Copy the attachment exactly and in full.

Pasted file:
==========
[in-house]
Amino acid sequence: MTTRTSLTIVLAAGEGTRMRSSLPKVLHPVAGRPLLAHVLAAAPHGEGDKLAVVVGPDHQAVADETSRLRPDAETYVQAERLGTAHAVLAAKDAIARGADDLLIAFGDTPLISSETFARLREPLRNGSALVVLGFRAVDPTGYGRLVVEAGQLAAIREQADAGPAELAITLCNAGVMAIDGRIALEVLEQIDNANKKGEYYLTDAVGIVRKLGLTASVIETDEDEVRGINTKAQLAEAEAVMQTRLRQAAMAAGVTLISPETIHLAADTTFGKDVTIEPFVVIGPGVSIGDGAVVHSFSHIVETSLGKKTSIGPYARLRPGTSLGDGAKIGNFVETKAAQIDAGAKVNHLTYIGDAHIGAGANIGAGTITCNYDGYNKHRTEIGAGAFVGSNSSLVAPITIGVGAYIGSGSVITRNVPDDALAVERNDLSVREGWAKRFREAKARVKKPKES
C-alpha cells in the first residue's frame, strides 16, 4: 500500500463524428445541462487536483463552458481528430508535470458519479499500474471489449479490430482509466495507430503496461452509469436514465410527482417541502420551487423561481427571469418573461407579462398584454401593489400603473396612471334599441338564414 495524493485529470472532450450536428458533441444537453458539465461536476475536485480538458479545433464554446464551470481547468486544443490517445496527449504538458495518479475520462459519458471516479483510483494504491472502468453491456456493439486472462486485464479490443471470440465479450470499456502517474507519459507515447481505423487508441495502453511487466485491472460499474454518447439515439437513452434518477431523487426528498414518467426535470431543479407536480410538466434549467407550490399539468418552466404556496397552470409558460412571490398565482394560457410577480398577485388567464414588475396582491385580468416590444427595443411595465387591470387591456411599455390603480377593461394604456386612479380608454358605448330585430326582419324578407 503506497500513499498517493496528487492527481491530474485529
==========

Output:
[in-house]
Amino acid sequence: MTTRTSLTIVLAAGEGTRMRSSLPKVLHPVAGRPLLAHVLAAAPHGEGDKLAVVVGPDHQAVADETSRLRPDAETYVQAERLGTAHAVLAAKDAIARGADDLLIAFGDTPLISSETFARLREPLRNGSALVVLGFRAVDPTGYGRLVVEAGQLAAIREQADAGPAELAITLCNAGVMAIDGRIALEVLEQIDNANKKGEYYLTDAVGIVRKLGLTASVIETDEDEVRGINTKAQLAEAEAVMQTRLRQAAMAAGVTLISPETIHLAADTTFGKDVTIEPFVVIGPGVSIGDGAVVHSFSHIVETSLGKKTSIGPYARLRPGTSLGDGAKIGNFVETKAAQIDAGAKVNHLTYIGDAHIGAGANIGAGTITCNYDGYNKHRTEIGAGAFVGSNSSLVAPITIGVGAYIGSGSVITRNVPDDALAVERNDLSVREGWAKRFREAKARVKKPKES
C-alpha cells in the first residue's frame, strides 16, 4: 500500500463524428445541462487536483463552458481528430508535470458519479499500474471489449479490430482509466495507430503496461452509469436514465410527482417541502420551487423561481427571469418573461407579462398584454401593489400603473396612471334599441338564414 495524493485529470472532450450536428458533441444537453458539465461536476475536485480538458479545433464554446464551470481547468486544443490517445496527449504538458495518479475520462459519458471516479483510483494504491472502468453491456456493439486472462486485464479490443471470440465479450470499456502517474507519459507515447481505423487508441495502453511487466485491472460499474454518447439515439437513452434518477431523487426528498414518467426535470431543479407536480410538466434549467407550490399539468418552466404556496397552470409558460412571490398565482394560457410577480398577485388567464414588475396582491385580468416590444427595443411595465387591470387591456411599455390603480377593461394604456386612479380608454358605448330585430326582419324578407 503506497500513499498517493496528487492527481491530474485529